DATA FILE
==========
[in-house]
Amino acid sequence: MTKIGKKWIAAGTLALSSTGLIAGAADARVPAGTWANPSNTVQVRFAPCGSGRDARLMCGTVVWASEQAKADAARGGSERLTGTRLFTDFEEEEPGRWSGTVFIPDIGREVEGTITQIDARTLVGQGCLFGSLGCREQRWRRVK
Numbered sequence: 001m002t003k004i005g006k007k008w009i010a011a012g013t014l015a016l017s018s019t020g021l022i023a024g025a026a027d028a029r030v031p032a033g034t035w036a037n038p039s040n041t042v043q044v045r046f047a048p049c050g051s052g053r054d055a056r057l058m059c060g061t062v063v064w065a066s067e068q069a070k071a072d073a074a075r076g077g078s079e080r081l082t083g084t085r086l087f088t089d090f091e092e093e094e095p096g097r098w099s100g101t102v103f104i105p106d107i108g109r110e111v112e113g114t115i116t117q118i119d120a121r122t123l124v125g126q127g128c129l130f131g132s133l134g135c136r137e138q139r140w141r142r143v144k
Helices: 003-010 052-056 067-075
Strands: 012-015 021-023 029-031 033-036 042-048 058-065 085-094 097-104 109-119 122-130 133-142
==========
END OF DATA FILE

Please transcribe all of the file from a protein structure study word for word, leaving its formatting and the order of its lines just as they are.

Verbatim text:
[in-house]
Amino acid sequence: MTKIGKKWIAAGTLALSSTGLIAGAADARVPAGTWANPSNTVQVRFAPCGSGRDARLMCGTVVWASEQAKADAARGGSERLTGTRLFTDFEEEEPGRWSGTVFIPDIGREVEGTITQIDARTLVGQGCLFGSLGCREQRWRRVK
Numbered sequence: 001m002t003k004i005g006k007k008w009i010a011a012g013t014l015a016l017s018s019t020g021l022i023a024g025a026a027d028a029r030v031p032a033g034t035w036a037n038p039s040n041t042v043q044v045r046f047a048p049c050g051s052g053r054d055a056r057l058m059c060g061t062v063v064w065a066s067e068q069a070k071a072d073a074a075r076g077g078s079e080r081l082t083g084t085r086l087f088t089d090f091e092e093e094e095p096g097r098w099s100g101t102v103f104i105p106d107i108g109r110e111v112e113g114t115i116t117q118i119d120a121r122t123l124v125g126q127g128c129l130f131g132s133l134g135c136r137e138q139r140w141r142r143v144k
Helices: 003-010 052-056 067-075
Strands: 012-015 021-023 029-031 033-036 042-048 058-065 085-094 097-104 109-119 122-130 133-142